Price hikes are coming for customers of the United States Postal Service (USPS), with the organization recently announcing it has filed notice with the Postal Regulatory Commission (PRC), independent Federal agency that provides transparency and accountability of all USPS operations, for increased rates set to take effect on January 24, 2021.
USPS officials said that should the PRC’s Postal Service Governors sign off on these proposed rate increases, the percentage increases, for certain USPS product segments would increase to varying degrees, including Shipping Services product prices up roughly 3.5% for Priority Mail service and 1.2% for Priority Mail Express service.
USPS officials said that price increases for Shipping Services vary by product and are primarily adjusted according to market conditions, whereas Mailing Services price increases are based on the consumer price index. And they added that the Postal Service Governors “believe these new rates will keep the Postal Service competitive while providing the agency with needed revenue.”
The need for increased USPS revenue has been apparent for years, with the USPS seeing a fiscal year 2020 $9.2 billion net loss, up $363 million annually, and a controllable loss of $3.8 billion, marking a $334 million increase. Despite these losses, though, its Shipping and Packages group seeing a $5.8 billion increase in revenue, which was up an impressive 25.3%, to $28.537 billion. What’s more, USPS noted that package volume, for the fiscal year, headed up by almost 1.2 billion pieces, or 18.8%, annually, to 7.323 billion citing an e-commerce surge as the growth driver.
In an analysis provided to LM, Gordon Glazer, Senior Consultant, USPS Specialist, for San Diego-based parcel consultancy Shipware LLC, explained that these proposed pricing changes are being fueled by pandemic-fueled increases in e-commerce that most believe are forever changing buying habits.
“Consumers will be paying much more for lightweight e-commerce parcels (+19%) but will enjoy mile YoY increases on the packages they mail using the full Postal network,” wrote Glazer.
Some of the key “Shipper-Focused takeaways of the USPS’s proposed 2021 rate increases highlighted by Glazer included:
- Commercial Plus Pricing (CPP) and Commercial Base Pricing (CBP) retain identical rate tables for all services;
- For Priority Mail Express, Priority Mail, Parcel Select, Parcel Return Service, USPS Retail Ground, and First-Class Package Service customers, a $100 fee will be assessed on parcels found in the mailstream that exceed the maximum mailable size limit (combined length and girth greater than 130 inches);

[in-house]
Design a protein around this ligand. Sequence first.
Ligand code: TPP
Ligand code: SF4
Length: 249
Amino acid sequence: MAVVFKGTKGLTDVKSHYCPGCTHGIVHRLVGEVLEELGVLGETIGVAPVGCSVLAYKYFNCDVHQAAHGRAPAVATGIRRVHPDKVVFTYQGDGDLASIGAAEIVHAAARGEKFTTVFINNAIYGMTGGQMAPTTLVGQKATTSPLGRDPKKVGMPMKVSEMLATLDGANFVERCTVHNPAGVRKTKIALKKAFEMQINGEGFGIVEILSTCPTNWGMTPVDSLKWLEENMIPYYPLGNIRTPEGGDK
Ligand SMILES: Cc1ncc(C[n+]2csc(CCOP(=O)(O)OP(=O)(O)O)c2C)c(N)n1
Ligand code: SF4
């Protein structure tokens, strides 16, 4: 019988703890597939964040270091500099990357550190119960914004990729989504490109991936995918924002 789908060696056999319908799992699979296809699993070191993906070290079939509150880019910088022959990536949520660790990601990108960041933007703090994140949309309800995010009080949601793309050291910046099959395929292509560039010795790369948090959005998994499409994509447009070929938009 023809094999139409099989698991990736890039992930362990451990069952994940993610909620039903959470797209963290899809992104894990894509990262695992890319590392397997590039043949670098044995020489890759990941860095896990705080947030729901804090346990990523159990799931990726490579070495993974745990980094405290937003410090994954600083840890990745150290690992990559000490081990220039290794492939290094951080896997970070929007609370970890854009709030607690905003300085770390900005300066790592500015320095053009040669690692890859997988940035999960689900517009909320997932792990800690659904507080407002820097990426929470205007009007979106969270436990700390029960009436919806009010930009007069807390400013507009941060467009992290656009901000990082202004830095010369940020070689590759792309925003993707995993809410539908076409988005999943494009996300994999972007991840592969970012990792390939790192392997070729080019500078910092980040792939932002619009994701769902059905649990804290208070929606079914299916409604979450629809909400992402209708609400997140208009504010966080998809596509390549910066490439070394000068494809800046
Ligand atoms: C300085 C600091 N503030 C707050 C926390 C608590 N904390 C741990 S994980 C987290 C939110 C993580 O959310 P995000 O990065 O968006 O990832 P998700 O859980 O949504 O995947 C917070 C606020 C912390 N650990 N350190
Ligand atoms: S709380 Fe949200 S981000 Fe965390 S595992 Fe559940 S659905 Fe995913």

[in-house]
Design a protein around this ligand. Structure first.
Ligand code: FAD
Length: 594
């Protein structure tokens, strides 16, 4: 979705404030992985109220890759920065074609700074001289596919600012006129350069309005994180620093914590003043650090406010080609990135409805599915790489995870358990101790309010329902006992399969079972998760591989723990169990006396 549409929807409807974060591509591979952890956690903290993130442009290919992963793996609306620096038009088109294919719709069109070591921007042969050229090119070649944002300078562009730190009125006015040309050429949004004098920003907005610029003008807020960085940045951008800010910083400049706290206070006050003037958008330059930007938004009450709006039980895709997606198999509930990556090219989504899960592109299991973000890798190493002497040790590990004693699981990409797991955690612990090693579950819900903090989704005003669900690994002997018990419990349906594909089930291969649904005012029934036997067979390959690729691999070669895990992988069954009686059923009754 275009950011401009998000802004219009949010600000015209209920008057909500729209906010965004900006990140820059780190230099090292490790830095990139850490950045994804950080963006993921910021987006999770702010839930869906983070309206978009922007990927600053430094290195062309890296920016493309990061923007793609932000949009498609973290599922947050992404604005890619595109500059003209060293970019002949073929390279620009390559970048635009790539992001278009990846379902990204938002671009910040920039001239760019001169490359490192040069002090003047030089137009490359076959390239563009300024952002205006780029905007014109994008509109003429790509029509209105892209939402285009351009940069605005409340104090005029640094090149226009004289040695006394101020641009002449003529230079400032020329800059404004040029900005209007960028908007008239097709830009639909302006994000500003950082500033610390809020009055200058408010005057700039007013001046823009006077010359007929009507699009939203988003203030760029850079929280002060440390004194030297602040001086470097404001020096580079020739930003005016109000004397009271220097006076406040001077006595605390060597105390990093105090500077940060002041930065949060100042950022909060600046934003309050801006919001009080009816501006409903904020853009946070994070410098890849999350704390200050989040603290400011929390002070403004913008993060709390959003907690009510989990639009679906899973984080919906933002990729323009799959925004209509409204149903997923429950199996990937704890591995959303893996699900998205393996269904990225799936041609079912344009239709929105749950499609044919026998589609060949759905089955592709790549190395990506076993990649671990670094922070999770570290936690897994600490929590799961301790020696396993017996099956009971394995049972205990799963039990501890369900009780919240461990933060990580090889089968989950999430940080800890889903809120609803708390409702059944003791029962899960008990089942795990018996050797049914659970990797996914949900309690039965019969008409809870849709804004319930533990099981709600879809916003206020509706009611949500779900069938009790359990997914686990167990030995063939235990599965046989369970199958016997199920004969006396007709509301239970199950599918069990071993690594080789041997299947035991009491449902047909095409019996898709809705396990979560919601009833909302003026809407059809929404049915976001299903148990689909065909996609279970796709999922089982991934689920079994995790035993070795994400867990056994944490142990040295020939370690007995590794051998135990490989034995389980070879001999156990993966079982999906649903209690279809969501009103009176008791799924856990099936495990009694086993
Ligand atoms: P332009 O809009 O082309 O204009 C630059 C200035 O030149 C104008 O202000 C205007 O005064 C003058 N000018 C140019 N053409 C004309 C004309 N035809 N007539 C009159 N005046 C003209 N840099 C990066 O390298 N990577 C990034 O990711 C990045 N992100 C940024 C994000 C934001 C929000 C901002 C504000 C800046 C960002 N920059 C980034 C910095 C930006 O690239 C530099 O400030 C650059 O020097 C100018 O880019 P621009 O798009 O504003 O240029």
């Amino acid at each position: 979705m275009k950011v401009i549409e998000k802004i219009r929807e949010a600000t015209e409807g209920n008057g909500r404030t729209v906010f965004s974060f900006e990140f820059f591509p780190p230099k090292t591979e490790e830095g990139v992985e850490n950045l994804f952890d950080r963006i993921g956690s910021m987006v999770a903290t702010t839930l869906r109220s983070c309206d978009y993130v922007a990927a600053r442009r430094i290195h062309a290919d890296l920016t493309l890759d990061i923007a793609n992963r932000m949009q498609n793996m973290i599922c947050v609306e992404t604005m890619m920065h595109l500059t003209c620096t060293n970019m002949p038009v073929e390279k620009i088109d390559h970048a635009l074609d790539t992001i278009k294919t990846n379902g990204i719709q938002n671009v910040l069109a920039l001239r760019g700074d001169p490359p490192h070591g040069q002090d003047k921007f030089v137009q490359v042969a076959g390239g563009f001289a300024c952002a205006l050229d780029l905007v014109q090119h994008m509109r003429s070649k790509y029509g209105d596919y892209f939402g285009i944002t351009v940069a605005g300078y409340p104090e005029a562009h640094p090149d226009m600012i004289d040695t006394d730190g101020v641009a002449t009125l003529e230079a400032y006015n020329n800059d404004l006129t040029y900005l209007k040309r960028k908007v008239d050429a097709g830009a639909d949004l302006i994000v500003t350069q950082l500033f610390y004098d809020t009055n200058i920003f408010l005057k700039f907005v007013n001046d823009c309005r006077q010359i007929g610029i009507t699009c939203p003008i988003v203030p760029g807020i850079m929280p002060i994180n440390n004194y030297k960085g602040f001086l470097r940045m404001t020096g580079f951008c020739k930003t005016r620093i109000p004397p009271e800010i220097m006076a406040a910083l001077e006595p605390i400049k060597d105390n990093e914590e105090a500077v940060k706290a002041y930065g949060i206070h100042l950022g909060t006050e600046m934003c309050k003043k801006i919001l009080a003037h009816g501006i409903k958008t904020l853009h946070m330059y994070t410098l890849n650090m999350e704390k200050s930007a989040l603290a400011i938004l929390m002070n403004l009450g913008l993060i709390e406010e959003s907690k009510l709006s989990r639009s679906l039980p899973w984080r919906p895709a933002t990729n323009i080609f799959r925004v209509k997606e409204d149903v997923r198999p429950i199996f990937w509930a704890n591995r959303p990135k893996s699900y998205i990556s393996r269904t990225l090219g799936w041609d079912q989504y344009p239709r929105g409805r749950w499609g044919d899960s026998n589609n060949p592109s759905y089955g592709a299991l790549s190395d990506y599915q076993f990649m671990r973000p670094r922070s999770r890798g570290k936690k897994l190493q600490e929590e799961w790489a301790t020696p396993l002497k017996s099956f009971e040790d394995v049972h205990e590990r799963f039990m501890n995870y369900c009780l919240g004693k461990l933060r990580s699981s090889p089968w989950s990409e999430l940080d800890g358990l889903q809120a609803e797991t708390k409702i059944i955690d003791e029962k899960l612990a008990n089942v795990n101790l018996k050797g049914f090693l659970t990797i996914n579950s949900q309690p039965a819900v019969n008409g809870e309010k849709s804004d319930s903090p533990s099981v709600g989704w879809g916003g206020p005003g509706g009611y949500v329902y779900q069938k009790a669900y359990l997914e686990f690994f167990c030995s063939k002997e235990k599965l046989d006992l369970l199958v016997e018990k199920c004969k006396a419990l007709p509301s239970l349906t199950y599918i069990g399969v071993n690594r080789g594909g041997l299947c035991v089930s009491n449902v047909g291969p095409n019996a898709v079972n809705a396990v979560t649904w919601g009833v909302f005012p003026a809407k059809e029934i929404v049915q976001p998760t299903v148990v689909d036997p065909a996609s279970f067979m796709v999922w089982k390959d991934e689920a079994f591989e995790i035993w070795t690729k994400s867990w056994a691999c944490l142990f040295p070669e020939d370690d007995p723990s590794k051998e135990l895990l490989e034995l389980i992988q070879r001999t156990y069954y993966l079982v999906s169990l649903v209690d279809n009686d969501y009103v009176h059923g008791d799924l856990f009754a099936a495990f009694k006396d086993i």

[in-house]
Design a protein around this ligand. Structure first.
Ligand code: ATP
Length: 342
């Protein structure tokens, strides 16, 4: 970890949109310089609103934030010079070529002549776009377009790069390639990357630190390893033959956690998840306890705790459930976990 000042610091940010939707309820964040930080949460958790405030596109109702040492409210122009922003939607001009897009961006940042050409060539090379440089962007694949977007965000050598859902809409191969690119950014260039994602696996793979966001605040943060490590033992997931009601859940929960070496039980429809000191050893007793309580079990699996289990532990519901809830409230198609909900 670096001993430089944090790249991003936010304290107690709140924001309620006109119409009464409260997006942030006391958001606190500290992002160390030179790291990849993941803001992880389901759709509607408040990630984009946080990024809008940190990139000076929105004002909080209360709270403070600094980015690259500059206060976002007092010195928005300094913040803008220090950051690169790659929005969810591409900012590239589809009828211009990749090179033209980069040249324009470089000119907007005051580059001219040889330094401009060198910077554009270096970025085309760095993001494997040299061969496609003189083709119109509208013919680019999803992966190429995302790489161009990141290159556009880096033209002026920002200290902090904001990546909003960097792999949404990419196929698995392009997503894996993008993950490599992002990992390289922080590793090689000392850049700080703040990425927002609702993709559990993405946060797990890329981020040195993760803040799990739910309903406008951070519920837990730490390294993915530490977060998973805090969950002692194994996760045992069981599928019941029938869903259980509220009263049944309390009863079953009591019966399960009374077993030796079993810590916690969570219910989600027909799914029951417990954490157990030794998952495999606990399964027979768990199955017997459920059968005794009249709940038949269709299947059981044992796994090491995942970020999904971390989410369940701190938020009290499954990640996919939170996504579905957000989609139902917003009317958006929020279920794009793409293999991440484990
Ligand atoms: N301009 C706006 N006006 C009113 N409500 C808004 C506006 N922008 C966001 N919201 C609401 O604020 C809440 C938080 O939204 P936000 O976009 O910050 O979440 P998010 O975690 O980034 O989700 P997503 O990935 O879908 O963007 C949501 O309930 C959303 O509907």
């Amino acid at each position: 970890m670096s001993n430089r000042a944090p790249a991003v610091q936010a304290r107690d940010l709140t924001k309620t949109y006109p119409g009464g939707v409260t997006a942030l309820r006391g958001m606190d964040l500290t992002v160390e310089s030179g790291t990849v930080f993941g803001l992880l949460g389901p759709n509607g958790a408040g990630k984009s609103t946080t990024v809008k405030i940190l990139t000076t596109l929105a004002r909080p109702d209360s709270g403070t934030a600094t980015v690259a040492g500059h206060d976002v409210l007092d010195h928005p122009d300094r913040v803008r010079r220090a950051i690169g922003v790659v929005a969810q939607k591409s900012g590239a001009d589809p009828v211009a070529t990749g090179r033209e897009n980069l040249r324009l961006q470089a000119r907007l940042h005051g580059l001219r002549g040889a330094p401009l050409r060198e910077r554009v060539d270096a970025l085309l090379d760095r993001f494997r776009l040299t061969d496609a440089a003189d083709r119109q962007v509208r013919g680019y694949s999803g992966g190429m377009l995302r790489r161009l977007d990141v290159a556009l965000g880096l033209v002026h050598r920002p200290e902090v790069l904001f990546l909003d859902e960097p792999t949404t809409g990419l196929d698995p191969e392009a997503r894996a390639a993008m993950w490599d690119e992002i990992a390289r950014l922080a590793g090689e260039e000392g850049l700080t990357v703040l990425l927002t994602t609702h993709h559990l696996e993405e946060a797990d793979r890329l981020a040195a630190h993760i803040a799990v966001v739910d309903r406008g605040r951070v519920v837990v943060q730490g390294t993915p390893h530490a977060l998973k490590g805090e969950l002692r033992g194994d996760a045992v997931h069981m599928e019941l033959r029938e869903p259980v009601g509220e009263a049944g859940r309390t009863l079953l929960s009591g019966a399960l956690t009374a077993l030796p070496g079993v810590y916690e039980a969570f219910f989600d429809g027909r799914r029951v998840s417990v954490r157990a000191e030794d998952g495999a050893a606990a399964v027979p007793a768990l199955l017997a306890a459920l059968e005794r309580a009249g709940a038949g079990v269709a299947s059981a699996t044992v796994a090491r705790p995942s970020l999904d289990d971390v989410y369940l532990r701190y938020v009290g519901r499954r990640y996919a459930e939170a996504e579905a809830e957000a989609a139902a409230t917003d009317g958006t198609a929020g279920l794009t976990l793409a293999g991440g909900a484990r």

- Priority Mail (PM) 1-5 Lbs. +3%, > 6 Lbs. avg +8.2%, Cubic +7.2% and Regional Flat Rate +3.3%;
- First Class Package Services (FCPS) +6.0%;
- Economy “Parcel Select” (PS) 1-10 Lbs. increase 5.9% for DDU induction and 7.2% for SCF. Oversize increase is 10%;
- Economy “Parcel Select Lightweight” (PSL) less than a pound +18.8% (DDU induct) compare to last year’s +4.5%; and
- First Class Package Services (FCPS) +6.0%, 1-4 ounces taking a much higher increase, while higher weights and shorter zones are seeing less.
“Shippers will need the patience of Job this holiday season,” said Glazer. “Shop early and expect to pay more will be the norm. The new year provides time and opportunity to fine tune your shipping program. When comparing programs in the new year, don’t blame ’20 Q4 service delays on the Postal Service. Going forward, it is always smart to look for savings by examining routing logic, review carrier contracts and network with industry peers. Savvy shippers understand their distribution profile is unique to them and that rate changes impact each differently. We recommend Shippers analyze future impact of all carrier rate increases to get out in front of the changes and mitigate cost increases by shopping. Those that had a diverse carrier mix in place will enjoy the flexibility to minimize holiday surcharges and select the best performing carriers to insure timely delivery.”
Morgan Stanley analyst Ravi Shanker wrote in a research note that in all cases, the announced price USPS increases are offset by discounts of up to 50-60%.
“We also note that over half of the increase is driven by Parcel Select (attributable for nearly 5% of the increase),” he wrote. “Parcel Select is used by large and medium sized parcel shippers and private parcel companies (likely including UPS, AMZN, and DHL) who are outsourcing their volumes to the USPS, usually for the last-mile shipments and in rural/non-metropolitan areas. The net result is that this USPS price increase could raise UPS’s Surepost product service cost.”
About the Author
Jeff Berman, Group News Editor
Jeff Berman is Group News Editor for Logistics Management, Modern Materials Handling, and Supply Chain Management Review. Jeff works and lives in Cape Elizabeth, Maine, where he covers all aspects of the supply chain, logistics, freight transportation, and materials handling sectors on a daily basis. Contact Jeff Berman